x Abu Dhabi, UAEWednesday 26 July 2017

Formula for mass success built on the cutting edge

Every day, like clockwork, technicians hand-building McLaren's road-going supercars down tools and walk over to the company's Formula One factory for lunch. And more.

A McLaren MP4-12C on the production line in the UK. The vehicle pushes the extreme edge of what a street-legal car is capable of. Chris Ratcliffe / Bloomberg News
A McLaren MP4-12C on the production line in the UK. The vehicle pushes the extreme edge of what a street-legal car is capable of. Chris Ratcliffe / Bloomberg News

Every day, like clockwork, technicians hand-building McLaren's road-going supercars down tools and walk over to the company's Formula One factory.

The appointment is not for a daily motivational team talk or a meeting. It is just lunch.

But the set-up is designed to achieve more than just saving catering costs.

"If we can get the aerodynamics experts in the road car and the Formula One car sitting together informally, ideas come out of that more often than if you say, 'Let's have a meeting at 3pm to discuss what the Formula One team can bring to the road car,'" says Mark Harrison, the regional director of McLaren Middle East and Africa.

McLaren was an F1 team first, so its cars, such as the £800,000 McLaren P1, the company's all-new "ultimate supercar" that was revealed in September, are more like those lining up at the Yas race circuit today than most on the road.

For a start they are all made of carbon fibre, like Formula One cars. And in one of its models, the MP4-12C, the steering wheel is similar to that used by the McLaren Mercedes F1 driver Lewis Hamilton.

But how much of a Formula One car actually ends up in the vehicles we drive to work?

"If you ask are there absolutely specific components, could you take a part of a Formula One car and put it on a road car? The answer is no," says Nick Fry, the chief executive of the Mercedes AMG Petronas Formula One team.

Each component in an F1 car is designed for a purpose. And the parts used in cars on the track are not designed to last long.

But much of the technology used in road cars, from seat belts to buttons on steering wheels and paddle-shift gears, started in racing.

"I got a cynical link from someone from our Hong Kong office saying, 'Look at this guy, some wannabe expert on a blog saying there is absolutely zero transfer from F1 to a road car'," says Andreas Sigl, the global director for Infiniti Formula One.

Infiniti, the luxury arm of Nissan, manufactures luxury, high-performance road cars and works in partnership with the championship-winning Red Bull Racing team.

"I think people look at it in a very superficial way by saying this switch or this button or this thing is exactly like an F1 car. But if you look at it in terms of people, process and technology it can, even in today's world, be a two-way street," Mr Sigl adds.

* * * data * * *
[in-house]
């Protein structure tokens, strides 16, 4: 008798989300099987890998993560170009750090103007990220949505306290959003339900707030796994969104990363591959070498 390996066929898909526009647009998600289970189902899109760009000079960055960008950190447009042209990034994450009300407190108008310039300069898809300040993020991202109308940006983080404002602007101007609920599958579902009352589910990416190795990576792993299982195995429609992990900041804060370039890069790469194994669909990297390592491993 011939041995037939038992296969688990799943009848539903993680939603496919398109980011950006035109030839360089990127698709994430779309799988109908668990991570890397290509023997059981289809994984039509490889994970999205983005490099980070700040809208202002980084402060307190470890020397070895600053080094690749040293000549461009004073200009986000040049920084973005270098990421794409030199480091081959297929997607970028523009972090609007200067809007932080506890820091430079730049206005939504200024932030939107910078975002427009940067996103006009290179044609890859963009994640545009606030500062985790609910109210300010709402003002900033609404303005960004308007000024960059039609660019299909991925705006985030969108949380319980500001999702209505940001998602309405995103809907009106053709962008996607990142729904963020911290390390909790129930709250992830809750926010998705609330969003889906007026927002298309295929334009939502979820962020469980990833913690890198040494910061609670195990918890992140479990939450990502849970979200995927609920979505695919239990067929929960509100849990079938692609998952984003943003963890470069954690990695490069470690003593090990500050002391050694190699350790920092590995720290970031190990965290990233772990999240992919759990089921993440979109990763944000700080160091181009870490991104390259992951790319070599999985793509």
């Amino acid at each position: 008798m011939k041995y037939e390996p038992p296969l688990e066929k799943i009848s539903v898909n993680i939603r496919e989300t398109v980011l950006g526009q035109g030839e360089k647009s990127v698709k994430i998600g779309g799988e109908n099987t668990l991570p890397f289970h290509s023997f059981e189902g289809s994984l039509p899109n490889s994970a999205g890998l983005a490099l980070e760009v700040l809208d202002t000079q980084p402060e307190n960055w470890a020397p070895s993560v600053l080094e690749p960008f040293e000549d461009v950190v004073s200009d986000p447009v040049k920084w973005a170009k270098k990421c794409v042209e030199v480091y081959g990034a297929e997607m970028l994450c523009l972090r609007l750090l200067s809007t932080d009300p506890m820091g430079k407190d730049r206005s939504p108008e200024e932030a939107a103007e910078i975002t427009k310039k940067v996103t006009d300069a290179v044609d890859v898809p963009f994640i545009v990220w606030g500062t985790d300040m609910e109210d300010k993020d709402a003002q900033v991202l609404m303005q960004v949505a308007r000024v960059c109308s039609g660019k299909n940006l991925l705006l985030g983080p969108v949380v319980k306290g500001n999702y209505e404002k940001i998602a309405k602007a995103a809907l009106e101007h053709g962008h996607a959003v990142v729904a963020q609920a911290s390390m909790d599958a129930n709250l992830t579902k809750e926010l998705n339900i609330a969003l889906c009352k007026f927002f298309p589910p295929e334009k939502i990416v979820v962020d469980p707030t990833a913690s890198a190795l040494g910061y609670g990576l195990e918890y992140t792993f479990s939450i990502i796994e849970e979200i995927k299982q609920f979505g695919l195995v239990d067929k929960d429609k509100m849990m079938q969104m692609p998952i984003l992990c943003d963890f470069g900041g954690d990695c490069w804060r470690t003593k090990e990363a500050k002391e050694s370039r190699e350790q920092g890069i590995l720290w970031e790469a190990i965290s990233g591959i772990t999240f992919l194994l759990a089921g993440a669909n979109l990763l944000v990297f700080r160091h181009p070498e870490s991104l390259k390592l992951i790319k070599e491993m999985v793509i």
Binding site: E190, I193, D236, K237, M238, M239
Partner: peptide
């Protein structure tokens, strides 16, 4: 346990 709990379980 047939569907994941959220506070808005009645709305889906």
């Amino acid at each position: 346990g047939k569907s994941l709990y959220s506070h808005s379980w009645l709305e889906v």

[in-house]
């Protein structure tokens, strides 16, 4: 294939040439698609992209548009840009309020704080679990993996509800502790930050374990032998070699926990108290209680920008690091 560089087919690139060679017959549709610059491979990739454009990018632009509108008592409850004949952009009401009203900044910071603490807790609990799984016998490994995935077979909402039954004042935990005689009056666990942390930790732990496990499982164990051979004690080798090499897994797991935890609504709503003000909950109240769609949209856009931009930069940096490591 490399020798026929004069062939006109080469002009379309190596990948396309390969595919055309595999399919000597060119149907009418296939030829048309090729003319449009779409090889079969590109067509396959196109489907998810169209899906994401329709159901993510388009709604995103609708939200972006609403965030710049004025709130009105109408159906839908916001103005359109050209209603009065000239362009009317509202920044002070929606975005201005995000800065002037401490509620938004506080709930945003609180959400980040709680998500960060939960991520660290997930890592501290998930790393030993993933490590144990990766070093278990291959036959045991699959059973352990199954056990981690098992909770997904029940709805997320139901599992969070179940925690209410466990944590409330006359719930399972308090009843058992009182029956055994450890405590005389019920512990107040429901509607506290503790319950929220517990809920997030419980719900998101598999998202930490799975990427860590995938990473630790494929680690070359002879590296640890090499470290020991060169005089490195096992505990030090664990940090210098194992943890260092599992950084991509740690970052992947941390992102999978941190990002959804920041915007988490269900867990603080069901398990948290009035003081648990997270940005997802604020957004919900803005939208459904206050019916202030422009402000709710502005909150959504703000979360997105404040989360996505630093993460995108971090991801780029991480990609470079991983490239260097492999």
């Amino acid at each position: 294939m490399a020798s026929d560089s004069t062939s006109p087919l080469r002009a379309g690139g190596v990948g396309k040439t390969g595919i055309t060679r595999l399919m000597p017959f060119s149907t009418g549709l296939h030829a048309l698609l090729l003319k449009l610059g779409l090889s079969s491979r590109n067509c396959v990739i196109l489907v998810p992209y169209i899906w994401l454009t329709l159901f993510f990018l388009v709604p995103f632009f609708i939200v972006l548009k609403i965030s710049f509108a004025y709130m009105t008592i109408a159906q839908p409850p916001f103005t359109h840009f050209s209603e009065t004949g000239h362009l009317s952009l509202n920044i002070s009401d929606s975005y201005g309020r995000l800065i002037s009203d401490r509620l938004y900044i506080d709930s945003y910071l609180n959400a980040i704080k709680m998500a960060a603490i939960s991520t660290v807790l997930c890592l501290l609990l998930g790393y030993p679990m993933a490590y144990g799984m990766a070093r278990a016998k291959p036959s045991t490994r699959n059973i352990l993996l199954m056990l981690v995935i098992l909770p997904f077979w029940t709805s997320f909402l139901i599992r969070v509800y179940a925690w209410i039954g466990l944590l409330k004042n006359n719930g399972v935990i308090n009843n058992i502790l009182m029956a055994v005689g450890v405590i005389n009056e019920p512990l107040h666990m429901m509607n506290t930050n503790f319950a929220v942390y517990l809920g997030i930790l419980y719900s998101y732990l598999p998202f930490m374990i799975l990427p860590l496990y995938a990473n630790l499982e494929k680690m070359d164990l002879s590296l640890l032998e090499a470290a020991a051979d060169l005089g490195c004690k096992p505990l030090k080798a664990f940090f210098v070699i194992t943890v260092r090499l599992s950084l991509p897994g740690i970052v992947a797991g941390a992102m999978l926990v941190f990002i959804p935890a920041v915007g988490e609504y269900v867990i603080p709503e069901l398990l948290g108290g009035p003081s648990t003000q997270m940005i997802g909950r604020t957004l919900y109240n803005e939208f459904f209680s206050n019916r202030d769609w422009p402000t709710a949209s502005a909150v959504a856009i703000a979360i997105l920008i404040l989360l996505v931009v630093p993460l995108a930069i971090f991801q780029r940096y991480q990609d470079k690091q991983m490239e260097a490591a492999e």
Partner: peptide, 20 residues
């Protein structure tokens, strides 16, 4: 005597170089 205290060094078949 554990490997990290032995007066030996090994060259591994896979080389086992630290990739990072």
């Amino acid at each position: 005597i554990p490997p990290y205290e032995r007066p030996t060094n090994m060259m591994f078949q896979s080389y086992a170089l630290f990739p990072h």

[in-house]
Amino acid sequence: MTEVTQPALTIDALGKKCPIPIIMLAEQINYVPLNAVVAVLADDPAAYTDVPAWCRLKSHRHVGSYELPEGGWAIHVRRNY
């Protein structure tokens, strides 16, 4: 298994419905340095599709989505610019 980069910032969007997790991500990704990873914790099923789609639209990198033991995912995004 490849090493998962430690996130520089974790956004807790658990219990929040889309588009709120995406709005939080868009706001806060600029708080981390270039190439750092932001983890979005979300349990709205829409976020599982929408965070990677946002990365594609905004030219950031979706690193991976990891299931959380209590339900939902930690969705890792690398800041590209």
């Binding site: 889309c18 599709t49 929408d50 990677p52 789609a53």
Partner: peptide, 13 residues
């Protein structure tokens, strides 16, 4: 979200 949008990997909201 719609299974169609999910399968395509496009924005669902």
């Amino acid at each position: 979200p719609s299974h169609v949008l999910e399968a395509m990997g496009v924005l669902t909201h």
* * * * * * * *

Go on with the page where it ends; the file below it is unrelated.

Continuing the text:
An electronics engineer from Infiniti joined Red Bull in September. And the two companies have other research and development tie-ups.

From a process point of view, Infiniti can learn a lot from Red Bull.

"Once we build a car, we build it and stamp it for the next five years and we try to do it perfectly with no mistakes. [F1 teams] basically build a prototype every week and every other week," says Mr Sigl. "In terms of time to market they can help us move faster."

Car manufacturers such as Infiniti have another shared interest with Formula One teams.

"The latest innovation in Formula One is Kers, which is kinetic energy recovery system," says Heikki Kovalainen, a driver with the Caterham F1 team, which is working with GE on aerodynamics, one of the most important aspects of the car. "Basically, when we are braking, the brakes are generating a lot of heat that is being collected so it can be used as a [power] boost."

It is the same type of technology used in hybrid cars, so both road car and F1 manufacturers have an interest in developing it.

"One of the things we struggle with a little bit in Formula One is to remain relevant. We make cars go very fast round corners but an internal combustion engine rotating at 21,000 rpm, which is where we were a few years ago, isn't really relevant [to production cars]," says Mr Fry.

"It's got no known spin-off that we could find and so we went down the road of energy recovery systems," he adds.

Experts say the next technology to transfer to road cars could be carbon fibre. Benefits include lighter cars and a stronger chassis, which improves crash safety.

In 1995 it took McLaren 3,000 hours to make one carbon fibre chassis, by 2005 the company had cut the process down to 300 hours, and now it takes about three hours.

"Once the bigger car companies get into that, you could get down to one hour and then half an hour," says Mr Harrison.

So what is stopping them?

"Partly it is that there isn't a huge amount of carbon fibre around. Most carbon fibre goes into aircraft. So while there are a few cars using carbon fibre, all the demand goes to the aerospace industry," he says.

The key challenge for the car industry is whether it has enough clout to get carbon fibre at a price that allows it to innovate, says Mr Harrison, as it needs to be ordered in bulk to drive the cost down.

But no amount of technology transfer from F1 will make a road car exactly like those that race on the track.

"It's like flying to the moon," says Vitaly Petrov, Kovalainen's teammate at Caterham.

"Not a lot of people can fly to the moon and not so many people can drive F1 cars."

gduncan@thenational.ae